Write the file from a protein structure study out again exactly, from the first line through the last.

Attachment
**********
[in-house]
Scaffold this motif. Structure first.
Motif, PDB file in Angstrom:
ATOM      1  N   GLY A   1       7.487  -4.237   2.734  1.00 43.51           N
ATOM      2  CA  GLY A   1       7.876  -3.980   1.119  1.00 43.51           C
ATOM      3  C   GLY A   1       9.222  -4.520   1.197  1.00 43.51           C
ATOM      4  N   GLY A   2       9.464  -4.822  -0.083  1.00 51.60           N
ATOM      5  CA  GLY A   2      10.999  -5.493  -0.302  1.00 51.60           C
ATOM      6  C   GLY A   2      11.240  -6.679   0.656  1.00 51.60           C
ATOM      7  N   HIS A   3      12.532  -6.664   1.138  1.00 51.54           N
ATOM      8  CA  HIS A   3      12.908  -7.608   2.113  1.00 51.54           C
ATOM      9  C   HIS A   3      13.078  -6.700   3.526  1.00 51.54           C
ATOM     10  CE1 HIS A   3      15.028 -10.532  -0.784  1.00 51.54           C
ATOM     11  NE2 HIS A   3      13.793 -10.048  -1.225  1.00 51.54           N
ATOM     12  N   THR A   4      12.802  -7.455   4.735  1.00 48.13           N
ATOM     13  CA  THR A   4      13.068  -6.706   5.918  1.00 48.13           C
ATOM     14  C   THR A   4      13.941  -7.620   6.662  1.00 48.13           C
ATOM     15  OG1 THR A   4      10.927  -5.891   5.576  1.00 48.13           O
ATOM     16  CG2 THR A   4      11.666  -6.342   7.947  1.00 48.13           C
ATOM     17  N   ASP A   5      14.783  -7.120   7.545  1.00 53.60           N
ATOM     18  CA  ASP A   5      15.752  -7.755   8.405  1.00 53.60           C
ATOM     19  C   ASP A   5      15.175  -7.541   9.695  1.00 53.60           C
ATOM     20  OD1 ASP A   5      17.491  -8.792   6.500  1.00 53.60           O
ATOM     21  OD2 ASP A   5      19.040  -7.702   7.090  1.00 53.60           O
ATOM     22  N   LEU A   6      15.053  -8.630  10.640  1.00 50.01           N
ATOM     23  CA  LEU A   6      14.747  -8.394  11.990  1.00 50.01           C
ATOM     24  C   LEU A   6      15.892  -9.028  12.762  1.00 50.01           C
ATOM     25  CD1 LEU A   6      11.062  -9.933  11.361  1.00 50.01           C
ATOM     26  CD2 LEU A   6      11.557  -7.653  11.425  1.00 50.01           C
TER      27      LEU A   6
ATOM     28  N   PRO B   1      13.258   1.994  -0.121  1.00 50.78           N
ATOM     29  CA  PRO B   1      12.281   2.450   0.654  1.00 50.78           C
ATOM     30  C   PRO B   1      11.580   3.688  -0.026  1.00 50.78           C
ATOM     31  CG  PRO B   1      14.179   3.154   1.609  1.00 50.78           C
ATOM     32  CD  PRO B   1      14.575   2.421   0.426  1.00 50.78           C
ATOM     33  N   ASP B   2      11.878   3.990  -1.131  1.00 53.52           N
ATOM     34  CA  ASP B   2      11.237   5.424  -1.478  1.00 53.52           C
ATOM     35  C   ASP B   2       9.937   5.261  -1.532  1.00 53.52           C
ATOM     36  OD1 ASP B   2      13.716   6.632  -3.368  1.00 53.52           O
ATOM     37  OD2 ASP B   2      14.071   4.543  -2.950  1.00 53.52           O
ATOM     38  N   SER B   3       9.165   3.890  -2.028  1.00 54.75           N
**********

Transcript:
[in-house]
Scaffold this motif. Structure first.
Motif, PDB file in Angstrom:
ATOM      1  N   GLY A   1       7.487  -4.237   2.734  1.00 43.51           N
ATOM      2  CA  GLY A   1       7.876  -3.980   1.119  1.00 43.51           C
ATOM      3  C   GLY A   1       9.222  -4.520   1.197  1.00 43.51           C
ATOM      4  N   GLY A   2       9.464  -4.822  -0.083  1.00 51.60           N
ATOM      5  CA  GLY A   2      10.999  -5.493  -0.302  1.00 51.60           C
ATOM      6  C   GLY A   2      11.240  -6.679   0.656  1.00 51.60           C
ATOM      7  N   HIS A   3      12.532  -6.664   1.138  1.00 51.54           N
ATOM      8  CA  HIS A   3      12.908  -7.608   2.113  1.00 51.54           C
ATOM      9  C   HIS A   3      13.078  -6.700   3.526  1.00 51.54           C
ATOM     10  CE1 HIS A   3      15.028 -10.532  -0.784  1.00 51.54           C
ATOM     11  NE2 HIS A   3      13.793 -10.048  -1.225  1.00 51.54           N
ATOM     12  N   THR A   4      12.802  -7.455   4.735  1.00 48.13           N
ATOM     13  CA  THR A   4      13.068  -6.706   5.918  1.00 48.13           C
ATOM     14  C   THR A   4      13.941  -7.620   6.662  1.00 48.13           C
ATOM     15  OG1 THR A   4      10.927  -5.891   5.576  1.00 48.13           O
ATOM     16  CG2 THR A   4      11.666  -6.342   7.947  1.00 48.13           C
ATOM     17  N   ASP A   5      14.783  -7.120   7.545  1.00 53.60           N
ATOM     18  CA  ASP A   5      15.752  -7.755   8.405  1.00 53.60           C
ATOM     19  C   ASP A   5      15.175  -7.541   9.695  1.00 53.60           C
ATOM     20  OD1 ASP A   5      17.491  -8.792   6.500  1.00 53.60           O
ATOM     21  OD2 ASP A   5      19.040  -7.702   7.090  1.00 53.60           O
ATOM     22  N   LEU A   6      15.053  -8.630  10.640  1.00 50.01           N
ATOM     23  CA  LEU A   6      14.747  -8.394  11.990  1.00 50.01           C
ATOM     24  C   LEU A   6      15.892  -9.028  12.762  1.00 50.01           C
ATOM     25  CD1 LEU A   6      11.062  -9.933  11.361  1.00 50.01           C
ATOM     26  CD2 LEU A   6      11.557  -7.653  11.425  1.00 50.01           C
TER      27      LEU A   6
ATOM     28  N   PRO B   1      13.258   1.994  -0.121  1.00 50.78           N
ATOM     29  CA  PRO B   1      12.281   2.450   0.654  1.00 50.78           C
ATOM     30  C   PRO B   1      11.580   3.688  -0.026  1.00 50.78           C
ATOM     31  CG  PRO B   1      14.179   3.154   1.609  1.00 50.78           C
ATOM     32  CD  PRO B   1      14.575   2.421   0.426  1.00 50.78           C
ATOM     33  N   ASP B   2      11.878   3.990  -1.131  1.00 53.52           N
ATOM     34  CA  ASP B   2      11.237   5.424  -1.478  1.00 53.52           C
ATOM     35  C   ASP B   2       9.937   5.261  -1.532  1.00 53.52           C
ATOM     36  OD1 ASP B   2      13.716   6.632  -3.368  1.00 53.52           O
ATOM     37  OD2 ASP B   2      14.071   4.543  -2.950  1.00 53.52           O
ATOM     38  N   SER B   3       9.165   3.890  -2.028  1.00 54.75           N